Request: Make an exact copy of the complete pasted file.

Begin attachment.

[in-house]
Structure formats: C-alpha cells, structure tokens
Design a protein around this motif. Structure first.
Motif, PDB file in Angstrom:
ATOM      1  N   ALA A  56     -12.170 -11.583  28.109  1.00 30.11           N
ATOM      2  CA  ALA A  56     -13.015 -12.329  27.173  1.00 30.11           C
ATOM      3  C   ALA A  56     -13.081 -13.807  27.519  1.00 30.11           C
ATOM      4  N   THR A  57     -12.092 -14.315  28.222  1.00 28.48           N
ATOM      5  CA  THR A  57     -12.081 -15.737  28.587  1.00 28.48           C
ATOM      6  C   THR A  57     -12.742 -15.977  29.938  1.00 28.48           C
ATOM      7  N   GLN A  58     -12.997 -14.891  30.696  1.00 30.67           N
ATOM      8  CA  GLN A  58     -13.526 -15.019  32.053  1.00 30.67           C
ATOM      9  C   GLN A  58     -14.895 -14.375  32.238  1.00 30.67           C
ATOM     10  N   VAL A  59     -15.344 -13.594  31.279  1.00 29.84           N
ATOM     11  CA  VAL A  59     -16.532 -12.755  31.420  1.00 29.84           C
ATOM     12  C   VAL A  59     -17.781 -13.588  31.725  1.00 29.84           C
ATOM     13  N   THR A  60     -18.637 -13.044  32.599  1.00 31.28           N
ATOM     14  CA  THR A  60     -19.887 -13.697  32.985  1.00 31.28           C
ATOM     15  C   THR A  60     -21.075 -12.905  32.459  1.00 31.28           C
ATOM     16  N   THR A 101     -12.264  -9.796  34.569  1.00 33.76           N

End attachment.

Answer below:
[in-house]
Structure formats: C-alpha cells, structure tokens
Design a protein around this motif. Structure first.
Motif, PDB file in Angstrom:
ATOM      1  N   ALA A  56     -12.170 -11.583  28.109  1.00 30.11           N
ATOM      2  CA  ALA A  56     -13.015 -12.329  27.173  1.00 30.11           C
ATOM      3  C   ALA A  56     -13.081 -13.807  27.519  1.00 30.11           C
ATOM      4  N   THR A  57     -12.092 -14.315  28.222  1.00 28.48           N
ATOM      5  CA  THR A  57     -12.081 -15.737  28.587  1.00 28.48           C
ATOM      6  C   THR A  57     -12.742 -15.977  29.938  1.00 28.48           C
ATOM      7  N   GLN A  58     -12.997 -14.891  30.696  1.00 30.67           N
ATOM      8  CA  GLN A  58     -13.526 -15.019  32.053  1.00 30.67           C
ATOM      9  C   GLN A  58     -14.895 -14.375  32.238  1.00 30.67           C
ATOM     10  N   VAL A  59     -15.344 -13.594  31.279  1.00 29.84           N
ATOM     11  CA  VAL A  59     -16.532 -12.755  31.420  1.00 29.84           C
ATOM     12  C   VAL A  59     -17.781 -13.588  31.725  1.00 29.84           C
ATOM     13  N   THR A  60     -18.637 -13.044  32.599  1.00 31.28           N
ATOM     14  CA  THR A  60     -19.887 -13.697  32.985  1.00 31.28           C
ATOM     15  C   THR A  60     -21.075 -12.905  32.459  1.00 31.28           C
ATOM     16  N   THR A 101     -12.264  -9.796  34.569  1.00 33.76           N